Bikes on a Bridge



We are pleased to announce that we can now offer the Cycle to Work Scheme through a choice of five schemes: 






The Cycle to Work scheme is a government initiative which promotes healthier and more eco-friendly journeys to work.  Employers sign up to the scheme, and are then able to purchase the bike you want (and any safety equipment), and loan it to you as a tax-free benefit.  You repay your employer out of your gross pay - before tax and NI has been deducted - so in effect you get the loan of a bike for a fixed period of time without having to pay any upfront costs.  The bike does, however, remain the property of your employer. 

In most cases, your employer has to be a signed-up to one of these schemes.  The exception is the Green Commute Initiative;  your employer does not have to be a member, but simply agrees to fund your bike through the scheme; the GCI will deal directly with your employer, 

Some schemes allow you to have more than one bike, but you must use them for commuting.  Perhaps this is for you because you have different commute routes, for example summer and winter routes using road or trails .

UPDATE JUNE 2019: The government has issued new guidance because it is aiming to increase the number of e-bikes in order to tackle congestion, speed up commutes and cut travel costs.  New guidance will make it easier for employers to provide cycles and equipment including e-bikes worth over £1,000. 

Check out the pages through the links above to find out more about each scheme and see links to their FAQ sections.

To help you see at a glance what each scheme offers, we've put together this summary:


  • No £1,000 limit

  • Employer does not have to join a formal scheme

  • You can have more than one bike as long as they are both used to commute

  • Has a scheme for specialist inclusion bikes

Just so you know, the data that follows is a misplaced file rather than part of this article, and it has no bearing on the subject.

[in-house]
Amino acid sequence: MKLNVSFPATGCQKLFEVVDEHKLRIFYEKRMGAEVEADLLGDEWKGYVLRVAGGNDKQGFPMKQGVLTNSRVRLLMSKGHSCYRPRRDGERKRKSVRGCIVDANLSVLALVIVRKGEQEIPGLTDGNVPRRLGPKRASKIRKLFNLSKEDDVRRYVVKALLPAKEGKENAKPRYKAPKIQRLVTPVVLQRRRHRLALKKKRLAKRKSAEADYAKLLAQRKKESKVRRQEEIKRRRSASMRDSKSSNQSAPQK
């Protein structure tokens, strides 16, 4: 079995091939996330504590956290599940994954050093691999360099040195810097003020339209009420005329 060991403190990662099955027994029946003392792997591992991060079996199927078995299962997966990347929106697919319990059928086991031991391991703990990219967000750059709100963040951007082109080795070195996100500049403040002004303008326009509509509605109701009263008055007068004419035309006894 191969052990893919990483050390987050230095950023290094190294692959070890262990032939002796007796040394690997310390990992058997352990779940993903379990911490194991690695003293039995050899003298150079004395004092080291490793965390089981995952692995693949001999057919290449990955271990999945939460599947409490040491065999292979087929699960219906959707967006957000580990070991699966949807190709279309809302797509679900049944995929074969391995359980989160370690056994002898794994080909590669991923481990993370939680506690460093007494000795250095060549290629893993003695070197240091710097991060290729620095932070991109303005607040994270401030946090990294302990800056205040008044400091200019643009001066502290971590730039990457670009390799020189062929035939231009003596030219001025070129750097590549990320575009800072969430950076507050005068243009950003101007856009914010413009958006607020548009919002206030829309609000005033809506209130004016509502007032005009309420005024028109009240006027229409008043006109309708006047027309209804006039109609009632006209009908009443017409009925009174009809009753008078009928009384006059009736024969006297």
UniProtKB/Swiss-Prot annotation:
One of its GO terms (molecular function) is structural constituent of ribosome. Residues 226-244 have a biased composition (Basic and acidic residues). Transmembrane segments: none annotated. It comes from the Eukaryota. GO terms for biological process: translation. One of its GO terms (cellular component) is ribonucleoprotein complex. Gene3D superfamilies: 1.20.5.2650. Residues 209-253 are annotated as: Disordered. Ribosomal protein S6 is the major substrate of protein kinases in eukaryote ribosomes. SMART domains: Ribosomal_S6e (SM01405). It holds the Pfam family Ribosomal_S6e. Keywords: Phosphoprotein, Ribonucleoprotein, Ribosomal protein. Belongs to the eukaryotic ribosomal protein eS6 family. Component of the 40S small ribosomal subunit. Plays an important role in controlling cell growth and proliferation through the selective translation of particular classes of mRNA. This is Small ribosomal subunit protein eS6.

• Minimum period 3 months; common terms are 12, 18 or 24 months

  • Authorised by the FCA

  • End of hire: GCI makes you a free of charge loan of the bike for 5 years; you can then buy it for £1


  • £1,000 limit on a bike and accessories.  No top-ups allowed


    Employer has to join this scheme and you need to be a member.  Many NHS organisations use this scheme
  • Length of hire: to be agreed with your employer

  • End of hire: you complete a short questionnaire on the bike's condition at the end of the loan period to determine its fair market value, then offset the disposal fee against it.



  • £1,000 limit unless employer agrees to more; you can add your own funds but you need to check with your employer

  • Employer has to join this scheme

  • You can have more than one bike as long as they are both used to commute

  • 12 month hire agreement

  • End of hire: you choose an ownership option - own it now (pay the market value), own it later (enter into an extended agreement), or return the bike to Cyclescheme.  



  • £1,000 limit unless employer agrees to more; If you wish to purchase items over this limit, you can add your own money; however, this will not form part of your salary sacrifice. All equipment remains the property of your employer during the hire period, regardless of whether you have added your own money. If a company wishes to allow its employees to purchase equipment over the £1,000 limit and make savings on the whole amount, they will need limited permission from the Financial Conduct Authority

  • Employer has to join this scheme

  • Hire agreement varies, perhaps 1-2 years